Photograph from "Beginner Gardening." Happy News Vol. 1 No. 1, 2007.
I have become an obsessive gardener. Not that I am any good at it in fact, quite the opposite. Yet I persist in what's become an endless struggle to tame our jungle of odd trees, peculiar perennials and insistent alpine plants. I am fascinated not only by my own terrain but by everyone else's garden, too. And every roadside nursery, and every unsolicited seed catalog, and every passing article on the virtues of organic fertilizers and the wonders of homemade mulch, on planting tips and pruning tricks and the intricacies of successful weeding. I engage in purely illogical (though to me, enormously instructive) searches on various gardening websites and pore incessantly over the piles of gardening books I have gathered from used bookstores, borrowed from friends, and occasionally, bought for my own amateur library. Here, I draw site maps, scribbling unintelligible notes to myself in the margins. I mostly do this late at night before I go to sleep, and not surprisingly, I wake up having dreamt of mountain laurel and creeping phlox, of nepeta, euphorbia and campanula.
Gardening is its own infuriating design challenge. You fret and you rethink and you second-guess yourself constantly, and then for one delirious, thrilling moment something blooms and you feel utterly triumphant. And then it dies and you are back where you started. You feel like a failure, outwitted by nature. And by rain, or the lack of it. And by that ultimate conspiracy, weeds endless, unconquerable weeds like an army in perpetual attack mode. What once seemed a heavenly pursuit now seems beyond hopeless, and therein lies its magic: gardening is the most comprehensively satisfying of design challenges, because when it works you feel like God.
And when it doesn't work, you want to dig a hole in the garden and bury your head in it.
You can, of course, inherit a garden. If you are lucky it will be a garden that has been tended to, capably maintained and cultivated, over time, with great care. But even here, there are inexplicable factors beyond your control. Sixty years ago, long before my time, there were some 40,000 basil plants growing in my meadow: today, what remains of the herb garden is small but fertile, four perfect beds with superb soil karma. Everything grows there. Everything, that is, except for one thing.
I can't for the life of me grow basil.
Even given the most ideal conditions, a garden is not a place where you can cut corners. Growth happens slowly here, if at all. A garden thrives when treated as a choreographic concoction of height and color, fragrance and bloom. It is, in a sense, a quintessentially time-based medium: like a designer's orchestration of type and image, or paper and ink, or even sound and movement, a garden is a compendium of mixed, temperamental and essentially unruly phenomena. But gardening, unlike graphic design, subscribes to certain fundamental tenets, its success hinging on unarguable facts like cosmology and climate and soil type, inalterable conditions that preceded and will outlive you.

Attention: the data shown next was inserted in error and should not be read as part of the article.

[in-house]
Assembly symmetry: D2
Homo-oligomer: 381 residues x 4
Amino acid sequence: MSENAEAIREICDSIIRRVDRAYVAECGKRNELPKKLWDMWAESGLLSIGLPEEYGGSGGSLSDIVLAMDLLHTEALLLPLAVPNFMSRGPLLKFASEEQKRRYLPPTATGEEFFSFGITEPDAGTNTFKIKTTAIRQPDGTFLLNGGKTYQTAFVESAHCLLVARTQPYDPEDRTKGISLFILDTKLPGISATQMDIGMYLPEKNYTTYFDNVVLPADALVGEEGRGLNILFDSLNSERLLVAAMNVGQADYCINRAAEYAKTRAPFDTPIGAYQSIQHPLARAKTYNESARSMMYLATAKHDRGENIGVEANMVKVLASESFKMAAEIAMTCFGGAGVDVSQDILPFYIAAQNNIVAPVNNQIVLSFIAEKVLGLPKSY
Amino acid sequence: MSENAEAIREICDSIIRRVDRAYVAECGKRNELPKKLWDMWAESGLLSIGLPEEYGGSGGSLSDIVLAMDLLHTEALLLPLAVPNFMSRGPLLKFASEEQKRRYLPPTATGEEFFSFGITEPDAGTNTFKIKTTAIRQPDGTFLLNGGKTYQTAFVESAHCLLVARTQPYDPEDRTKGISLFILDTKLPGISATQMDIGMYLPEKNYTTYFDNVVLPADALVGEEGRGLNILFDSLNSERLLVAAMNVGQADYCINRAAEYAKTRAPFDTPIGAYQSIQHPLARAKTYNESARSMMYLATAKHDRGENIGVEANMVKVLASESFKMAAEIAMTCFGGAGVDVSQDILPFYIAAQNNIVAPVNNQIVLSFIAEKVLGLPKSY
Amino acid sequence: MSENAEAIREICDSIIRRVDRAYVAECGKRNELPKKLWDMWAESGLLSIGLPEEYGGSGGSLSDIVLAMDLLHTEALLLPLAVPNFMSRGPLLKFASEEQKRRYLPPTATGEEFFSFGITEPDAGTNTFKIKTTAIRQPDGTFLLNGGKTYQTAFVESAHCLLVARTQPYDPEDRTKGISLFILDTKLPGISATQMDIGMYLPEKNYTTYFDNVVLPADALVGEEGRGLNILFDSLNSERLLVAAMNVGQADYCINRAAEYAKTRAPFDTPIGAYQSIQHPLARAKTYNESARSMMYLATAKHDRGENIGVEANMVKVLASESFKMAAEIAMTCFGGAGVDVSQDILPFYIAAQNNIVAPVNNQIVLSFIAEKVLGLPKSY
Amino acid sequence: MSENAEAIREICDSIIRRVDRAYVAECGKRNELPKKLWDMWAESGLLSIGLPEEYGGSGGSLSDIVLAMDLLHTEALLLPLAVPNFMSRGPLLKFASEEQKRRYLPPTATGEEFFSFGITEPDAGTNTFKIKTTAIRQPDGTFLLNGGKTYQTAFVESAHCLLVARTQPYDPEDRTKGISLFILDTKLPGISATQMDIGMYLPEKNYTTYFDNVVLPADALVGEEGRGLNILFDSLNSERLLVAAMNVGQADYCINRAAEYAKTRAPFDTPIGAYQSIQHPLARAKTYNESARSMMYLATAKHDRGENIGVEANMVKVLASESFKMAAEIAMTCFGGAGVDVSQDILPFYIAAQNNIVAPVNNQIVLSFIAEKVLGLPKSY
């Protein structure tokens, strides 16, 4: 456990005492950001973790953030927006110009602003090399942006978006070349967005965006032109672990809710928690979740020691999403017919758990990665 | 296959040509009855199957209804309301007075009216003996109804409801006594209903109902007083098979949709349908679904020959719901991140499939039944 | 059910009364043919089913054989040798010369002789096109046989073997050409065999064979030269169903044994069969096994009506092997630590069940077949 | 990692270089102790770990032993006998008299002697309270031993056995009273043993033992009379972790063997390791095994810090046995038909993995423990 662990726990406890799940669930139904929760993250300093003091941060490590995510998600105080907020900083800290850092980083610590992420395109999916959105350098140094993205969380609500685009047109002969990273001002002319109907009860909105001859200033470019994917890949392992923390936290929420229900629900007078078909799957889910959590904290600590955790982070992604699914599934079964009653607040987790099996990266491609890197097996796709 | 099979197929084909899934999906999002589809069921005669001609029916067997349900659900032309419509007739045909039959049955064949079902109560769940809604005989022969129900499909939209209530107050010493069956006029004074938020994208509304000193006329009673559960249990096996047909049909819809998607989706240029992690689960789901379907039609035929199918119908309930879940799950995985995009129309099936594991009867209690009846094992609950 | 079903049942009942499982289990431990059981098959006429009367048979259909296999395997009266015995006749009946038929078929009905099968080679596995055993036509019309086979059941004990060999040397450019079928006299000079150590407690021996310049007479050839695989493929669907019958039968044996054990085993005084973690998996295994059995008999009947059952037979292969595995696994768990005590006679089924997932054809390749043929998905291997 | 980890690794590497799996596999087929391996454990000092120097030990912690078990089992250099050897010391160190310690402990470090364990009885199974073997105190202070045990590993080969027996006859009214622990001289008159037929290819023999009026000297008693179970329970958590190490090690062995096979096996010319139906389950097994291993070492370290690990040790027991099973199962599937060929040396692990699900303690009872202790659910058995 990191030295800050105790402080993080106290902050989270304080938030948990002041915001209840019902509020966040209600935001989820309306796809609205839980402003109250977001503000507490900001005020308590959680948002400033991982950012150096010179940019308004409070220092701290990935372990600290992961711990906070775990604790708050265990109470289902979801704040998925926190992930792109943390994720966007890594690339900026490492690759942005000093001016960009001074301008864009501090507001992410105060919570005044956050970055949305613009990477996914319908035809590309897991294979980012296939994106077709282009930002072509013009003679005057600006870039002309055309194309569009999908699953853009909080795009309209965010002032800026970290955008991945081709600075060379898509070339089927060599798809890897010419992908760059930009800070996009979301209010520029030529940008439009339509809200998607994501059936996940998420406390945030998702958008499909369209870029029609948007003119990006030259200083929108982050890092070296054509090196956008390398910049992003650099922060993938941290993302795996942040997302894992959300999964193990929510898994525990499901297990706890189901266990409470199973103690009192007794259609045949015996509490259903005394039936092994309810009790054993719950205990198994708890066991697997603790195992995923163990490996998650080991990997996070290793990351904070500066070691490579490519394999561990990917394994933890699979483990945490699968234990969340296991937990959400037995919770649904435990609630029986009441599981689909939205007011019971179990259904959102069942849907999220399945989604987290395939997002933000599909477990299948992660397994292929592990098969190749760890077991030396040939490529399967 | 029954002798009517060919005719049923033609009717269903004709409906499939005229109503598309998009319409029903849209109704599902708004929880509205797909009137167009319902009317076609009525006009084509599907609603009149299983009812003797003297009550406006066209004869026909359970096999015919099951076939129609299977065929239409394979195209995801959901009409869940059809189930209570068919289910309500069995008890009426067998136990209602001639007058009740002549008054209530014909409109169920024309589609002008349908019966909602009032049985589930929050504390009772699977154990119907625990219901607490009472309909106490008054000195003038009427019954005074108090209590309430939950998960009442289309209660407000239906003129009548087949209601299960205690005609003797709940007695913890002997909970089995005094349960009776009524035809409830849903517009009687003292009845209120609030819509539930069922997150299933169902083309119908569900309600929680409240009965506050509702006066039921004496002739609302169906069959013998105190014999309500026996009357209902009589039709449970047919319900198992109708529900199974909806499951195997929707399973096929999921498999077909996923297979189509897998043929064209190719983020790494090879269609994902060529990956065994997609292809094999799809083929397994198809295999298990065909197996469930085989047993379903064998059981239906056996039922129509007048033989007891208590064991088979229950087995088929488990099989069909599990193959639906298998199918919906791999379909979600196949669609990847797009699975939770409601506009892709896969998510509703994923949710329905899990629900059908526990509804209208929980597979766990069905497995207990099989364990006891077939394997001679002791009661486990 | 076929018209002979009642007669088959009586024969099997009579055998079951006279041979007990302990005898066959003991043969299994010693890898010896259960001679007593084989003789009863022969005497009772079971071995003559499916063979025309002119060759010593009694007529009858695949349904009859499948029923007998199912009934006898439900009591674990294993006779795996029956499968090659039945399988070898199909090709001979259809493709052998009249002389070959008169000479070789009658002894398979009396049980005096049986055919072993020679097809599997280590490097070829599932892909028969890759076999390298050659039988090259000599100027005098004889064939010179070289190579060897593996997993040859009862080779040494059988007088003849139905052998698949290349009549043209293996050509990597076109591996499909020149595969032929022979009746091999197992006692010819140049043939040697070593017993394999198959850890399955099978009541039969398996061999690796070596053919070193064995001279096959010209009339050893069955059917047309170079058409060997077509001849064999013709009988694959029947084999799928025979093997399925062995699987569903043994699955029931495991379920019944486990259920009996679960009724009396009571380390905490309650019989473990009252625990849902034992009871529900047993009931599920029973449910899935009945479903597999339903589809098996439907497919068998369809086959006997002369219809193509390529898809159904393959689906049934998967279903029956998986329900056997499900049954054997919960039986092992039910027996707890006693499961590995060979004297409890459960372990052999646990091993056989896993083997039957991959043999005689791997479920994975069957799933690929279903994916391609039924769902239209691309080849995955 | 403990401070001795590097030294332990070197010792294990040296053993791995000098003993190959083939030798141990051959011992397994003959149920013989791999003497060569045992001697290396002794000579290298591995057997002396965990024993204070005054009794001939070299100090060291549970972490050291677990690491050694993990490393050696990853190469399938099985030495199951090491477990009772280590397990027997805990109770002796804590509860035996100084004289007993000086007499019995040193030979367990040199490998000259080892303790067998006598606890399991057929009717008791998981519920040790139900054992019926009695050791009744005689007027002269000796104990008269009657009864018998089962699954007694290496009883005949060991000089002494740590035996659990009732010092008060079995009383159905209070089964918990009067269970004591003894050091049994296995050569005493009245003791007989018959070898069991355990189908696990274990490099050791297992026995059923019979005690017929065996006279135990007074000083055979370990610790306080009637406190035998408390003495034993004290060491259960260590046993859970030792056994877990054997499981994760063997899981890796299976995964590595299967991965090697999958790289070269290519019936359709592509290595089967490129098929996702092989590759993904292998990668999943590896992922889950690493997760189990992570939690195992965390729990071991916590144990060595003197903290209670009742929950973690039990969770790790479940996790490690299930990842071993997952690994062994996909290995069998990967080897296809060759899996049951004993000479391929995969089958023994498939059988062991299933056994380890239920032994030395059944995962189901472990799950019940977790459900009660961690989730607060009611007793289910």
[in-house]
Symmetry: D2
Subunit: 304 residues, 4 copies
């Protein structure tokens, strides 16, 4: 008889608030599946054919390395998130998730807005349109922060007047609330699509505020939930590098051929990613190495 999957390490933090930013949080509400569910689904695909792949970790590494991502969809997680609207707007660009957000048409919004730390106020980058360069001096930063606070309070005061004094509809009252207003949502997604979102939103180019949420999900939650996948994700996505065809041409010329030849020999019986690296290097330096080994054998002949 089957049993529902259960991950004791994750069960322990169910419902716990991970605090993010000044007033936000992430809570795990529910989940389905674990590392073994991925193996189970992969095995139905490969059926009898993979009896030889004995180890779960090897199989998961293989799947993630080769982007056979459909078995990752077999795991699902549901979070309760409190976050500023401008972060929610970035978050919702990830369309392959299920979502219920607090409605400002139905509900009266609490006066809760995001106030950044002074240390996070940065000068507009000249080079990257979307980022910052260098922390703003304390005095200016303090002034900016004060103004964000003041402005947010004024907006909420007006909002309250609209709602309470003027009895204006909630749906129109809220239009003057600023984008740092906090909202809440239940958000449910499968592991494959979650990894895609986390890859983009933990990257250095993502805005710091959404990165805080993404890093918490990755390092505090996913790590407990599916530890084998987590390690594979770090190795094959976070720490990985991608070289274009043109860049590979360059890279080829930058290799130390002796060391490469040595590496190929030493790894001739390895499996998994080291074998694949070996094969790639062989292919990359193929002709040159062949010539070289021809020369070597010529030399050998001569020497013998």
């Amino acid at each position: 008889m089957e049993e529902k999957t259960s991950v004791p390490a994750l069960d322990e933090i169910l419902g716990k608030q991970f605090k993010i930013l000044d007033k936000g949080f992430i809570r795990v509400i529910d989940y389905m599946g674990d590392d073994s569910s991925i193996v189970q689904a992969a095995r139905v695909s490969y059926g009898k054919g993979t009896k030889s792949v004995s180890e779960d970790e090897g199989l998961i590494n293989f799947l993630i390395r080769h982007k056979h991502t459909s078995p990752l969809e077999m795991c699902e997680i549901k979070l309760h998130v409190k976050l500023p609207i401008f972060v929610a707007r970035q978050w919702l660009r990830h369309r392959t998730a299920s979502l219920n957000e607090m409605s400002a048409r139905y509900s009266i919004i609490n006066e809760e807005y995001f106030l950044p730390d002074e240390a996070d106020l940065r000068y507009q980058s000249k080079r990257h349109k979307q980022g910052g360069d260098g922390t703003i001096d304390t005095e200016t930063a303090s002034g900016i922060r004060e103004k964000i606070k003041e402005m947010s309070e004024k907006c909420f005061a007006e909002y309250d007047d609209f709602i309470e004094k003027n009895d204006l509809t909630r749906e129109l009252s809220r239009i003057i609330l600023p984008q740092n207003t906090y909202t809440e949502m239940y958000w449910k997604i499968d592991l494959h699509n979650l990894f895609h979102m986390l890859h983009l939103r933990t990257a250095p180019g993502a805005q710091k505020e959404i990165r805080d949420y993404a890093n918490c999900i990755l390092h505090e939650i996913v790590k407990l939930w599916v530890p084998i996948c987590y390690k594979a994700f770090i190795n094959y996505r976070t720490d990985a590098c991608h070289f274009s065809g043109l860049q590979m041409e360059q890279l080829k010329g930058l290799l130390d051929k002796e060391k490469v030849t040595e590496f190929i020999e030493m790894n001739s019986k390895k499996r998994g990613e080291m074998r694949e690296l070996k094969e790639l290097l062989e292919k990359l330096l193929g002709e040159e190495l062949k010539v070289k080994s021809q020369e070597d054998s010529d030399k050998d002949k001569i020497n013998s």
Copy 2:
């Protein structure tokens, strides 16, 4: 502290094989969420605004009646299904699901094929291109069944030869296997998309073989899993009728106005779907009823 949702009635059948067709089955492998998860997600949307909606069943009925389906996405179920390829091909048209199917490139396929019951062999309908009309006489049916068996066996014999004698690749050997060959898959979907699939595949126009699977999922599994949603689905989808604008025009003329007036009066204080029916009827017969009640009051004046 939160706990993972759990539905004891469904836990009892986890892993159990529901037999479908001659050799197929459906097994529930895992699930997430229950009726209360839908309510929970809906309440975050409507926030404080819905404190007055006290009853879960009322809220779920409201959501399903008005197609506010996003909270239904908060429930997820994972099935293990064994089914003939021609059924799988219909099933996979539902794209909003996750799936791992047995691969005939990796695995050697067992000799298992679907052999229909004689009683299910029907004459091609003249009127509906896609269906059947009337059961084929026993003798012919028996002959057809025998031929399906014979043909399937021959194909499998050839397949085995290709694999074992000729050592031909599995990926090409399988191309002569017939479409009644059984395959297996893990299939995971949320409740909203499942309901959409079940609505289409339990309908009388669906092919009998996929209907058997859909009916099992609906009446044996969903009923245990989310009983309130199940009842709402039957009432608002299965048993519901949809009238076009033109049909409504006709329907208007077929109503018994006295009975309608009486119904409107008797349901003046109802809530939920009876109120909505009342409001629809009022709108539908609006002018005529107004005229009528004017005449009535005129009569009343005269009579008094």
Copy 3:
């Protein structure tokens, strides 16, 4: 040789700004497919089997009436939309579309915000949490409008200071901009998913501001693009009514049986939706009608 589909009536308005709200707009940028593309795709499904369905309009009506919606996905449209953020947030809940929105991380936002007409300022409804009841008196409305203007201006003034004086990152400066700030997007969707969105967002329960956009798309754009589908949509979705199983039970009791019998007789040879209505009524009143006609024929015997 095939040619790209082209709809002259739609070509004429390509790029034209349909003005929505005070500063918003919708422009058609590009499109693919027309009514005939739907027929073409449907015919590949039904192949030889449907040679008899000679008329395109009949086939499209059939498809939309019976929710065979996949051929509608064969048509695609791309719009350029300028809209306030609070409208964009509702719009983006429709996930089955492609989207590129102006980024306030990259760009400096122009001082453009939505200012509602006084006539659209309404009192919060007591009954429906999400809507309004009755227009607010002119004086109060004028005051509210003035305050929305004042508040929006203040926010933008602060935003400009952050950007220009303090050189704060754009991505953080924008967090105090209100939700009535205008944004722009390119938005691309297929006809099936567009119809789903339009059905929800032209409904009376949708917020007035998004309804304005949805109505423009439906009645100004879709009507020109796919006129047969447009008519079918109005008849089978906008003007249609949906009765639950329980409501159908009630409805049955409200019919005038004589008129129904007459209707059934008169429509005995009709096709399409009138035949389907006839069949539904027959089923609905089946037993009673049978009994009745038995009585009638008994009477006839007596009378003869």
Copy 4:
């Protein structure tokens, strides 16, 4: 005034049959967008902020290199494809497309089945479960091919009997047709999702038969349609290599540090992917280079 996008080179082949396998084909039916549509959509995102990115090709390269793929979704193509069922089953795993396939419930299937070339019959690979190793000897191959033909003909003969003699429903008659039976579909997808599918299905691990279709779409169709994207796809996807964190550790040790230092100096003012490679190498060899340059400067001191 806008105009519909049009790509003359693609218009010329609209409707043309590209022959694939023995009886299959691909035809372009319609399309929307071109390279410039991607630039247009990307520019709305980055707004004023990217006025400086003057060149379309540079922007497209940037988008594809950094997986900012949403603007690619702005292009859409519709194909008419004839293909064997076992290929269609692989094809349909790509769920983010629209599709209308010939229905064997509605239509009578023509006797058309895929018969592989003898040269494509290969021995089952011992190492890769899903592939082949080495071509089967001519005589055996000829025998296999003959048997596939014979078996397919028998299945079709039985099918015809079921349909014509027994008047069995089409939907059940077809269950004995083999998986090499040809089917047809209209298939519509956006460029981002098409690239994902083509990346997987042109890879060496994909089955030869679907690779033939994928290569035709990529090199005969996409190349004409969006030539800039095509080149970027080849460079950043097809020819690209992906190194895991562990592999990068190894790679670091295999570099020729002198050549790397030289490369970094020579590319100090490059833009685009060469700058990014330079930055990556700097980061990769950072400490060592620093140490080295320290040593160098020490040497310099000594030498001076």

And then, on top of everything else, you come to realize that tending a garden requires a kind of ineffable patience, the very kind you lack. Abbreviations are not intended to speed one's experience, but instead are reserved for particular genus or to denote the peculiarities of hybridization. (Go figure.) Barring good fortune, better soil and a regular treatment of Miracle Gro, there's no technology to accelerate growth making gardening, as a practice, about as analogue as you can get. Plus it's hard work, and you have to ignore all those competitive instincts because, let's face it, there's always someone better at it than you. A bitter frost comes and annihilates all your lavender (yes, two years in a row now) and your shrubs flower only when you're out of town. It is, to put it simply, a humbling process.
And so, as I continue to struggle with how to pronounce Latin names with even the most marginal accuracy, as I water and weed and wonder why I am sitting in the dirt for hour upon hour, I am reminded of the ineffable bylaws that centuries have wrought. Some plants refuse to perennialize. Others take over your lawn. There's labeling, staking, transplanting, propagating, fertilizing, grafting, mulching, edging, and more watering than you ever believed imaginable. Success comes slowly, if at all. Praying doesn't help, nor does holding your breath or buying more plants. (I write this with some authority because I have tried them all.) It's a waiting game, a story with a loose narrative frame: you give it a beginning, but its middle is ambiguous, and its end, uncertain. And in the end, isn't everything? The poet May Sarton once wrote that a garden is always a series of losses set against a few triumphs like life itself. I lost all my lavender this spring. But maybe hope springs eternal after all: my peonies, great big gobs of fuchsia blossoms are just about to burst into flower. And I feel utterly triumphant.